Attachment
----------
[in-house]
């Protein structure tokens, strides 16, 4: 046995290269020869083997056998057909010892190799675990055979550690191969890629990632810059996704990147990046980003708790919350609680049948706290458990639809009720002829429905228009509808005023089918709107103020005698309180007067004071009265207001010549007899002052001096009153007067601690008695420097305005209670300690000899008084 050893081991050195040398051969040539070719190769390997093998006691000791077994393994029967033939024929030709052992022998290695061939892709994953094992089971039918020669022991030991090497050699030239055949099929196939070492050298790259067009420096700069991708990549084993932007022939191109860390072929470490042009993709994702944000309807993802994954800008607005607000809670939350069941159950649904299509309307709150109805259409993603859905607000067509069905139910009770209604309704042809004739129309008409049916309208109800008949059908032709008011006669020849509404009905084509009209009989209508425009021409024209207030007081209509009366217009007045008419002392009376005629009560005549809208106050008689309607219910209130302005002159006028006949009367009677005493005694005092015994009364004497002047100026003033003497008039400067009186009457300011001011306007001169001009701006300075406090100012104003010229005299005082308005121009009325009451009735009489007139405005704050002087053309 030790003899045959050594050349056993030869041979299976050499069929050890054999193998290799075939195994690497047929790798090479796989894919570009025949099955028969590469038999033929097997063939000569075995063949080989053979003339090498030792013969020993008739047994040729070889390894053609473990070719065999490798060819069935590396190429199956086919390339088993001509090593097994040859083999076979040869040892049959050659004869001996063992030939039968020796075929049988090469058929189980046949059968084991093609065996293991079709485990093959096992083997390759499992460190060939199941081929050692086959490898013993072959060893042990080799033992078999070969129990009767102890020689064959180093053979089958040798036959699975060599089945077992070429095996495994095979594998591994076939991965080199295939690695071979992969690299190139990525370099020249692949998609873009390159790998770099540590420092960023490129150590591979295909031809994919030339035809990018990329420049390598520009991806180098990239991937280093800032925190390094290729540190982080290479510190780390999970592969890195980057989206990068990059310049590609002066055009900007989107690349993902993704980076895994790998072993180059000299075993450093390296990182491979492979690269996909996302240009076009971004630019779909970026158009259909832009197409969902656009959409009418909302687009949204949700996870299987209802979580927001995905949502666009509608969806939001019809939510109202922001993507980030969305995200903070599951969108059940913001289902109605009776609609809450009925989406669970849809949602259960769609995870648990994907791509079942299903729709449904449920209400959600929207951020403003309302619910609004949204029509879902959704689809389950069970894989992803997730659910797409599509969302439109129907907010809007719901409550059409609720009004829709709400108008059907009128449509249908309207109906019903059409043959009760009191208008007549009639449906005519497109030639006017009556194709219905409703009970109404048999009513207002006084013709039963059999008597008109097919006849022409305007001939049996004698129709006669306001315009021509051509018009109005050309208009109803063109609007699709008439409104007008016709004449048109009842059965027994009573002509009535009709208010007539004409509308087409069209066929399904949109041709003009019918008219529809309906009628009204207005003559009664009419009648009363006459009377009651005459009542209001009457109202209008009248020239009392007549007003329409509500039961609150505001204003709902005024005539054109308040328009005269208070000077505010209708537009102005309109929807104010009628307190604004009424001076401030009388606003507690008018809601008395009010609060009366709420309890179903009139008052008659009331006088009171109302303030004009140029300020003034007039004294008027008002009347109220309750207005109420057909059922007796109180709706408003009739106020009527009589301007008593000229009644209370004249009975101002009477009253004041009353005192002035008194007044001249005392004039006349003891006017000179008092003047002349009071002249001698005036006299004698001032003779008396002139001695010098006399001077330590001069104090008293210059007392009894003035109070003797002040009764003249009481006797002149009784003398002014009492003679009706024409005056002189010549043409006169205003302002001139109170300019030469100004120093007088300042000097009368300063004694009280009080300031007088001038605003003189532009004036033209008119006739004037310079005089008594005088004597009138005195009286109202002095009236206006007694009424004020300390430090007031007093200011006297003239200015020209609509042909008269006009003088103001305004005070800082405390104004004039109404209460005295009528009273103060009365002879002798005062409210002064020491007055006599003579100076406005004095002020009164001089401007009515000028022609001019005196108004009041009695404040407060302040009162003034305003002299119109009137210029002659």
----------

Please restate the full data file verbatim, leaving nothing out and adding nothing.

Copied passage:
[in-house]
């Protein structure tokens, strides 16, 4: 046995290269020869083997056998057909010892190799675990055979550690191969890629990632810059996704990147990046980003708790919350609680049948706290458990639809009720002829429905228009509808005023089918709107103020005698309180007067004071009265207001010549007899002052001096009153007067601690008695420097305005209670300690000899008084 050893081991050195040398051969040539070719190769390997093998006691000791077994393994029967033939024929030709052992022998290695061939892709994953094992089971039918020669022991030991090497050699030239055949099929196939070492050298790259067009420096700069991708990549084993932007022939191109860390072929470490042009993709994702944000309807993802994954800008607005607000809670939350069941159950649904299509309307709150109805259409993603859905607000067509069905139910009770209604309704042809004739129309008409049916309208109800008949059908032709008011006669020849509404009905084509009209009989209508425009021409024209207030007081209509009366217009007045008419002392009376005629009560005549809208106050008689309607219910209130302005002159006028006949009367009677005493005694005092015994009364004497002047100026003033003497008039400067009186009457300011001011306007001169001009701006300075406090100012104003010229005299005082308005121009009325009451009735009489007139405005704050002087053309 030790003899045959050594050349056993030869041979299976050499069929050890054999193998290799075939195994690497047929790798090479796989894919570009025949099955028969590469038999033929097997063939000569075995063949080989053979003339090498030792013969020993008739047994040729070889390894053609473990070719065999490798060819069935590396190429199956086919390339088993001509090593097994040859083999076979040869040892049959050659004869001996063992030939039968020796075929049988090469058929189980046949059968084991093609065996293991079709485990093959096992083997390759499992460190060939199941081929050692086959490898013993072959060893042990080799033992078999070969129990009767102890020689064959180093053979089958040798036959699975060599089945077992070429095996495994095979594998591994076939991965080199295939690695071979992969690299190139990525370099020249692949998609873009390159790998770099540590420092960023490129150590591979295909031809994919030339035809990018990329420049390598520009991806180098990239991937280093800032925190390094290729540190982080290479510190780390999970592969890195980057989206990068990059310049590609002066055009900007989107690349993902993704980076895994790998072993180059000299075993450093390296990182491979492979690269996909996302240009076009971004630019779909970026158009259909832009197409969902656009959409009418909302687009949204949700996870299987209802979580927001995905949502666009509608969806939001019809939510109202922001993507980030969305995200903070599951969108059940913001289902109605009776609609809450009925989406669970849809949602259960769609995870648990994907791509079942299903729709449904449920209400959600929207951020403003309302619910609004949204029509879902959704689809389950069970894989992803997730659910797409599509969302439109129907907010809007719901409550059409609720009004829709709400108008059907009128449509249908309207109906019903059409043959009760009191208008007549009639449906005519497109030639006017009556194709219905409703009970109404048999009513207002006084013709039963059999008597008109097919006849022409305007001939049996004698129709006669306001315009021509051509018009109005050309208009109803063109609007699709008439409104007008016709004449048109009842059965027994009573002509009535009709208010007539004409509308087409069209066929399904949109041709003009019918008219529809309906009628009204207005003559009664009419009648009363006459009377009651005459009542209001009457109202209008009248020239009392007549007003329409509500039961609150505001204003709902005024005539054109308040328009005269208070000077505010209708537009102005309109929807104010009628307190604004009424001076401030009388606003507690008018809601008395009010609060009366709420309890179903009139008052008659009331006088009171109302303030004009140029300020003034007039004294008027008002009347109220309750207005109420057909059922007796109180709706408003009739106020009527009589301007008593000229009644209370004249009975101002009477009253004041009353005192002035008194007044001249005392004039006349003891006017000179008092003047002349009071002249001698005036006299004698001032003779008396002139001695010098006399001077330590001069104090008293210059007392009894003035109070003797002040009764003249009481006797002149009784003398002014009492003679009706024409005056002189010549043409006169205003302002001139109170300019030469100004120093007088300042000097009368300063004694009280009080300031007088001038605003003189532009004036033209008119006739004037310079005089008594005088004597009138005195009286109202002095009236206006007694009424004020300390430090007031007093200011006297003239200015020209609509042909008269006009003088103001305004005070800082405390104004004039109404209460005295009528009273103060009365002879002798005062409210002064020491007055006599003579100076406005004095002020009164001089401007009515000028022609001019005196108004009041009695404040407060302040009162003034305003002299119109009137210029002659």